Disclosure Guidance

 

sign on a grey wall showing the words danger disclosureAn application for professional indemnity insurance requires full disclosure...

...of all material information. The Insurance Act places even more emphasis on the Insured that this is done correctly.

This requirement increases the burden on the person responsible for buying this insurance, because material information means 'any information that will influence an underwriters rating or decision on providing cover'. Given that this is open to interpretation, it’s a grey area and the most common cause of disputes with Insurers.

In recent years, insurance companies have significantly reduced the amount of information they require for quotation purposes. On the face of it, this seems to benefit the policyholder because it means less form filling and time saving. However, it does in fact create potential non-disclosure problems for the Insured. Just because the proposal form doesn't ask the question, doesn't mean you won't need to tell the Insurer.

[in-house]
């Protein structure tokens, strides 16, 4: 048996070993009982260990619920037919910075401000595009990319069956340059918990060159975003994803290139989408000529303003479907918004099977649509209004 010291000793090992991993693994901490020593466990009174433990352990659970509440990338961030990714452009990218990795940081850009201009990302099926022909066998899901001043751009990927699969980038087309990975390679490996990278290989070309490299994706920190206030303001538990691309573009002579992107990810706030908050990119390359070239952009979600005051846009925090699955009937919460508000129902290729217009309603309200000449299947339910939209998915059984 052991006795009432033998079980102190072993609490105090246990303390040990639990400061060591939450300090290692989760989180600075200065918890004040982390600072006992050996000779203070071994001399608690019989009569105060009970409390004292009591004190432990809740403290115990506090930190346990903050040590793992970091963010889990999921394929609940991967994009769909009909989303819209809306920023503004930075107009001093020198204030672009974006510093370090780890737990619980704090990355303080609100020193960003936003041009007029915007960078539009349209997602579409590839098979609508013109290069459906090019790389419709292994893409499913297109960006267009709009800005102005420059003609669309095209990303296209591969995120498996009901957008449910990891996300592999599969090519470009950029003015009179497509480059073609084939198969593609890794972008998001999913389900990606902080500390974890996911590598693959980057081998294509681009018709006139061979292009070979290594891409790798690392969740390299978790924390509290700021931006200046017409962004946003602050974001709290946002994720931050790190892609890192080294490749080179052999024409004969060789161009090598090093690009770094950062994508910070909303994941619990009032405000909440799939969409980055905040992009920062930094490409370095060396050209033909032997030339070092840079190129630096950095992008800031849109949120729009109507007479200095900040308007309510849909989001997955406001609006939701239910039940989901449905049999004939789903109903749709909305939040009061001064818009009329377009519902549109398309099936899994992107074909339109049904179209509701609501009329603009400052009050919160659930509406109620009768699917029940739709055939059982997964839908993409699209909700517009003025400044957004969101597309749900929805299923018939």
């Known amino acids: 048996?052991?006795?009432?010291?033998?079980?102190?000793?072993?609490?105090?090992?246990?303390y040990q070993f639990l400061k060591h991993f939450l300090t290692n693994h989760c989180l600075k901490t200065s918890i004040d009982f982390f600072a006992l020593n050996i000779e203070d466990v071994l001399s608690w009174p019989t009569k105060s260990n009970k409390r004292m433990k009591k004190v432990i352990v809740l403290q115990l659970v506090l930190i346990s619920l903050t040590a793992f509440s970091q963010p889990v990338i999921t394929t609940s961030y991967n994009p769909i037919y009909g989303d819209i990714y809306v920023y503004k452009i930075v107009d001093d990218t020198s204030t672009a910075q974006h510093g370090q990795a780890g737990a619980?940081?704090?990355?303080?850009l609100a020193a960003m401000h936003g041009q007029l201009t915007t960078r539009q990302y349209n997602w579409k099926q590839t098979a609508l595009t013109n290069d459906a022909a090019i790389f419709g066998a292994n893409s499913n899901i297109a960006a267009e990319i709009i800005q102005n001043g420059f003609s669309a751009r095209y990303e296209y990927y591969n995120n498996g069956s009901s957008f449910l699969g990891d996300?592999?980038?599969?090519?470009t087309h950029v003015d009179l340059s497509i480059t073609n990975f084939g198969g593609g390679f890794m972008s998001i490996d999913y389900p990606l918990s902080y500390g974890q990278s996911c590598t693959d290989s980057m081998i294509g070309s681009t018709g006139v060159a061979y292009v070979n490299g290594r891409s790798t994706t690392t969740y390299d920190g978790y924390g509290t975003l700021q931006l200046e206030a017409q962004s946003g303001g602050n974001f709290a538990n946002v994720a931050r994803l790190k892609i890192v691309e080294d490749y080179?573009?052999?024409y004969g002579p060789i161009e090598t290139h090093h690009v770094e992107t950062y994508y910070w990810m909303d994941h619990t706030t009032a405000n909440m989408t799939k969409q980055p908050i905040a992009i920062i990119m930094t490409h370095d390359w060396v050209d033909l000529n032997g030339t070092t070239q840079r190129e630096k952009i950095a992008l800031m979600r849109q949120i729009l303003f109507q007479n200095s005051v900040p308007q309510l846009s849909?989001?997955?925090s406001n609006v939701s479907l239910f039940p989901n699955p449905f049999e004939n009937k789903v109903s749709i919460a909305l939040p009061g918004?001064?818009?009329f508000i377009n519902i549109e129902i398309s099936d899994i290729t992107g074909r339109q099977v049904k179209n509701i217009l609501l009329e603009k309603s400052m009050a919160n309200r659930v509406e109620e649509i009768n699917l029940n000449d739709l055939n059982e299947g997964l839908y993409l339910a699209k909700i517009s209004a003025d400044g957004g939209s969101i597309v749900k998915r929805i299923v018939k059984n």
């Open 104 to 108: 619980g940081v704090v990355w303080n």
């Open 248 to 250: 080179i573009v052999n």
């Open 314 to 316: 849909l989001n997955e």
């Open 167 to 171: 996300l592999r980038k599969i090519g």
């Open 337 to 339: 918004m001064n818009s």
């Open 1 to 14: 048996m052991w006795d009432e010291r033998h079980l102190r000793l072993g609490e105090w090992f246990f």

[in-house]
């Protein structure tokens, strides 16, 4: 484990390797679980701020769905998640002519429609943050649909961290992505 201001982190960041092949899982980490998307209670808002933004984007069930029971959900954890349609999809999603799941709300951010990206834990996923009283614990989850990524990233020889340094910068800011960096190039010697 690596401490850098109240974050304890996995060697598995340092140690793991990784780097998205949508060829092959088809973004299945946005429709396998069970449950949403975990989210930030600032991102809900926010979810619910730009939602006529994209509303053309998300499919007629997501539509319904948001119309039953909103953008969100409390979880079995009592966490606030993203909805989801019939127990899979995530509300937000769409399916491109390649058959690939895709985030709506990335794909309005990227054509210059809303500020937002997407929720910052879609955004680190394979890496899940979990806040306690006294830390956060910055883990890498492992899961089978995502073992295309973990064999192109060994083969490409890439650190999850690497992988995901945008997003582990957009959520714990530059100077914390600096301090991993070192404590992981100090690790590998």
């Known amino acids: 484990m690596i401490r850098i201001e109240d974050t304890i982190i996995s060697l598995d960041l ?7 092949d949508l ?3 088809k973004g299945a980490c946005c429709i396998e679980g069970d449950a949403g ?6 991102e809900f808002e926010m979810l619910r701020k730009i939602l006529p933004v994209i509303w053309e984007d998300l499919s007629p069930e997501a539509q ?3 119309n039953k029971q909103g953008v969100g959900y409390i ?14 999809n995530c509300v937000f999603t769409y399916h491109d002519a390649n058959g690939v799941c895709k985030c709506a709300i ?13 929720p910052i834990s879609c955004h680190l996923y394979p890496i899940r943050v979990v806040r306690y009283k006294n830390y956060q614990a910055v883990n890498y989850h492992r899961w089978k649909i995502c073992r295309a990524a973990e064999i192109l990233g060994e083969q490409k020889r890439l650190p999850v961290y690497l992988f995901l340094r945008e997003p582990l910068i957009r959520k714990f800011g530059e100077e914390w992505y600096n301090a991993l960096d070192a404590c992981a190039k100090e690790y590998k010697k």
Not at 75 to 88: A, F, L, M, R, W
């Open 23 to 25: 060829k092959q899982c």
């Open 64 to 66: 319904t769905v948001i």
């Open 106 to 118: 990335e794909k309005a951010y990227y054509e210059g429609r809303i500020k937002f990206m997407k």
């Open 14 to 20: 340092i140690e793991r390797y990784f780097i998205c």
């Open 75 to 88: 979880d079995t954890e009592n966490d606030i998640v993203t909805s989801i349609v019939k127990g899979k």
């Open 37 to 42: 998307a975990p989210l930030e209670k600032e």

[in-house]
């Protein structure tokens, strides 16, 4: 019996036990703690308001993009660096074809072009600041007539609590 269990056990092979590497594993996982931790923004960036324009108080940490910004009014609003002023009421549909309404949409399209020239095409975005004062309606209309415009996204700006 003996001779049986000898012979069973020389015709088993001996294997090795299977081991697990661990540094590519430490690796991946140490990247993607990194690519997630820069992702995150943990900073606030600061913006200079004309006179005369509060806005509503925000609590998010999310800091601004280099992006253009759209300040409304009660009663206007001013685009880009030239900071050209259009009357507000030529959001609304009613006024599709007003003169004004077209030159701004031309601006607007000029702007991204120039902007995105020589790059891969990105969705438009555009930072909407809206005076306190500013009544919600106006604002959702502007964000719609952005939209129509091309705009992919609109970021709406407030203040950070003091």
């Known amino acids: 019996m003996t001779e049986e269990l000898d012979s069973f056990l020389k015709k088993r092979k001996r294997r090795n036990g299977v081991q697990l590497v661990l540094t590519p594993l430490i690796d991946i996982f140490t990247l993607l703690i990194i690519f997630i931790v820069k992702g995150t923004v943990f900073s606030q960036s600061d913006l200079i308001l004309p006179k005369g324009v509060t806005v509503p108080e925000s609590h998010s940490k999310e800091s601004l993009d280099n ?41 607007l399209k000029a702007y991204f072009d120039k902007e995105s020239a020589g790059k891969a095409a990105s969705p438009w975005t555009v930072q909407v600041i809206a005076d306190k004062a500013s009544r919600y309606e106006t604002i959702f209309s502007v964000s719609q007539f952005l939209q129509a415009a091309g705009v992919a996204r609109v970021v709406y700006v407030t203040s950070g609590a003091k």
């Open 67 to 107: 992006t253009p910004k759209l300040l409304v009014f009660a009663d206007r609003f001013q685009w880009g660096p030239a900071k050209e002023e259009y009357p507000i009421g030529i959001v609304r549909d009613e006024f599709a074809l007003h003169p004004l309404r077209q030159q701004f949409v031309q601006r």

Quite simply, the less information you provide about your firm, the more chance there is of something important not being disclosed and leading to a breach in the policy obligations. This could be a historic claim, new areas of work being conducted, a new subsidiary business, an additional office, an employee disciplinary - the scope is large especially for growing businesses with employees and directors or partners. Unless full disclosure is given at all times, a firm runs the serious risk of a claim not being covered or their policy cancelled.